Those returning would be cold at the very least, and Ellory prayed that was the worst of their afflictions. Cold she could remedy with fire, hot beverages, hot water, and blankets hot from the clothes dryer—even if all those warm things further widened her expanding carbon footprint and left her feeling like a sasquatch. A big, hypocritical, sooty-footed, carbon-belching sasquatch.

And those kinds of thoughts were not helping. She had no room for negativity today. She had a job, she had a plan, she'd see it through and not let anyone down—especially the only one with any faith in her.

One of them should be having wild monkey sex with someone, and as she wasn't having any she'd defend Mira's love shack to the last possible minute. Be the stand-in Mira today, and do the very best she could for as long as she could. At least until she knew exactly what Mira would have to deal with when it got to be too much for her to handle.

When she looked back at the headlights, they'd grown close enough for her to count. Six sets, same number as had gone out. Good sign.

She fastened the coat she wore, crammed a knit cap on her head and pushed her hands into her mittens. Her clothes might be ridiculous since she hadn't yet augmented her wardrobe with Colorado winter wear, and her bottom half might freeze when she went out to meet the team, but at least the places where she kept her important bits—organs, brain—would be warm.

As the snowmobiles rolled to a stop in front of the ornate doors, she took a last deep breath of warm air and pushed out into the raging winter. Wind whipped her gauzy, free-flowing skirt around her legs and made it hard to keep her eyes open. With one hand shielding them from the blast of snowy, frigid air, she counted: ten people, one dog.

Should have been eleven.

Another quick count confirmed that all the six rescuers in orange had made it back, which meant one of the lodge's patrons was still lost in this storm that was forecast to only get worse.

Oh, no.

She'd have to disturb Mira.

People were already climbing off the snowmobiles, rescuers in their orange suits helping more fashionably dressed and slower-moving guests from the machines.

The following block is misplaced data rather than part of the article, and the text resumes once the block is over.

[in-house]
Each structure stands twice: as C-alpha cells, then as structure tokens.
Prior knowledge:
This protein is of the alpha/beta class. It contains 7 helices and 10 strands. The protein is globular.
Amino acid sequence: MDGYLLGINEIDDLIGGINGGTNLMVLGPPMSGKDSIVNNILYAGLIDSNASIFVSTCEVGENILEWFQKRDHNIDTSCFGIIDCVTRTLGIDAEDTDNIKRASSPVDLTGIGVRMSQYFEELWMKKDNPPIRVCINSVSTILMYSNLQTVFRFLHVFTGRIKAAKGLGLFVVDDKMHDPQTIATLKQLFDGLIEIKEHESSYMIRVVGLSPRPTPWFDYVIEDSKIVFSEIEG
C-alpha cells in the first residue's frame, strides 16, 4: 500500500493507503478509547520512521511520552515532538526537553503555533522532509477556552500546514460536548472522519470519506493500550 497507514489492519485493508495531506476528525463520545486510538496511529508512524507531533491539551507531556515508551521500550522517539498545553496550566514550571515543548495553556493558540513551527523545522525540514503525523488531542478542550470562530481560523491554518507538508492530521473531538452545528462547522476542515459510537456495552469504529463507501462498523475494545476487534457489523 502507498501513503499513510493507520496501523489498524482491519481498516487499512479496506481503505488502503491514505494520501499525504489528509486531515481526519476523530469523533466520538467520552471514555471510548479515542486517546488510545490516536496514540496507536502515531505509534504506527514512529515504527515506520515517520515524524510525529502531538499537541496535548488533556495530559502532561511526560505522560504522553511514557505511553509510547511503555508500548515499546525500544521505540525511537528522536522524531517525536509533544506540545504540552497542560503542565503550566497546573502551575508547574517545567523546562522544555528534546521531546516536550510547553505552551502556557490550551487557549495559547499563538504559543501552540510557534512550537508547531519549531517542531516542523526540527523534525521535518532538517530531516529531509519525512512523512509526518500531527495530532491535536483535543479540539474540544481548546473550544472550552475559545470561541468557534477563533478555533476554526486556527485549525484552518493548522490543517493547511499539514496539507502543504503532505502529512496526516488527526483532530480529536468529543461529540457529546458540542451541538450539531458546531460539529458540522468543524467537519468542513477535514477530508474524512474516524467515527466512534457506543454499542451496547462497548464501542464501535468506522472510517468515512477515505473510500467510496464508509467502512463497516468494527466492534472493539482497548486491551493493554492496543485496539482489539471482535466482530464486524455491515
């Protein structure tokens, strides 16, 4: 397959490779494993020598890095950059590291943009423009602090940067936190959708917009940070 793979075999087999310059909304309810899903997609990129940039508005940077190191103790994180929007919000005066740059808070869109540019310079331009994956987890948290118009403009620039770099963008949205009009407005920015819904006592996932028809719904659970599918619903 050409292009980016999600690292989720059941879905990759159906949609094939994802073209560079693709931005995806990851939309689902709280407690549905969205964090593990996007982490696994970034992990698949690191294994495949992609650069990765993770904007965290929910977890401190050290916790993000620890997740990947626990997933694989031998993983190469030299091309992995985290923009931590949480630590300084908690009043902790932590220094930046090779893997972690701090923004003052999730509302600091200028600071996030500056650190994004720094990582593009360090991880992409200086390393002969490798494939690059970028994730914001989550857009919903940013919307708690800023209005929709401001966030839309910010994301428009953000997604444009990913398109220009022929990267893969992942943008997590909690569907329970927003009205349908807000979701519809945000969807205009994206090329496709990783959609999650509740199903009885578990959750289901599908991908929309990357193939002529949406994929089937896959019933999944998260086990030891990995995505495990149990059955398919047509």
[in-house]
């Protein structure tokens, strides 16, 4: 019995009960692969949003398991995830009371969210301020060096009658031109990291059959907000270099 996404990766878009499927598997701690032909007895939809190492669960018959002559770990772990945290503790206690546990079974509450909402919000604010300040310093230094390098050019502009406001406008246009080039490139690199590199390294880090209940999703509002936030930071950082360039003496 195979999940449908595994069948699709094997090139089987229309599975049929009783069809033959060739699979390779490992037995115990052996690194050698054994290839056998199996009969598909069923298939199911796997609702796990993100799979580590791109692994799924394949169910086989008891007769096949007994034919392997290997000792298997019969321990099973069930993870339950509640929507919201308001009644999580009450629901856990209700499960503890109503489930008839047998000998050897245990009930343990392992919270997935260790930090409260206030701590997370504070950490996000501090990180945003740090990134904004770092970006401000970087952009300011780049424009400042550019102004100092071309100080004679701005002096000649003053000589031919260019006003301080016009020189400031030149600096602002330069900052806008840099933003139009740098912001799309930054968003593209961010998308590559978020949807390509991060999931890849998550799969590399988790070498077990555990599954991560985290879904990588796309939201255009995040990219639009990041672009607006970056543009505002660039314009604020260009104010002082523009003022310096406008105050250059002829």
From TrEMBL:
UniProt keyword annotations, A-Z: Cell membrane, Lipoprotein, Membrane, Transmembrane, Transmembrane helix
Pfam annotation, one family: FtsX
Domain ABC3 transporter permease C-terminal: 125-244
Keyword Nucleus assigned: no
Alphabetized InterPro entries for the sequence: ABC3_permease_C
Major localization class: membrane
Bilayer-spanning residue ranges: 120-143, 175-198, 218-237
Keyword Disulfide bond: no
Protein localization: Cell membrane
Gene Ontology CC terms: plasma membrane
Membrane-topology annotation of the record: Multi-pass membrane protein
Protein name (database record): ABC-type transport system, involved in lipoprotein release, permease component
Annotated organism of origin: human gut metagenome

"How can I help?" she called over the wind, approaching the group.

The large man paused in his task of releasing a big snowy black dog from the cage on the back of his snowmobile, turned and pointed at Ellory. "Get inside now!"

Real yelling? Okay… Maybe it was just to get over the wind.

He unlatched the cage and his canine friend bounded out. The sugar-frosted dog didn't need to be told where to go. Ellory made it to the outer doors behind the massive canine and opened it for him, then held it for people.

It wasn't technically a blizzard yet. It was snowing hard, yes, and blowing harder, and of course she was cold, but she wouldn't freeze to death in the next couple of minutes while she helped in some fashion. And she needed to help. Even if all she could think to do was hold the door.

As the man approached, he lifted his goggles and sent a baleful stare at her, stormier than the weather. With one smooth motion he grabbed Ellory's elbow and thrust her ahead of him into the breezeway, "That wasn't a suggestion. Get inside now. You're not dressed for the weather."

"I didn't offer to make snow angels with anyone," she joked, looking over her shoulder at the angry man as he steered her inside.

Stumbling, she pulled her elbow free and pushed through, intent on getting some space between them.

Good grief. Up close, and without fabric covering the bottom of his face or the goggles concealing his eyes, the fact that he was working some kind of rugged handsome look canceled the effect of winter and made her feel like she was dipped in peppermint wherever she touched him.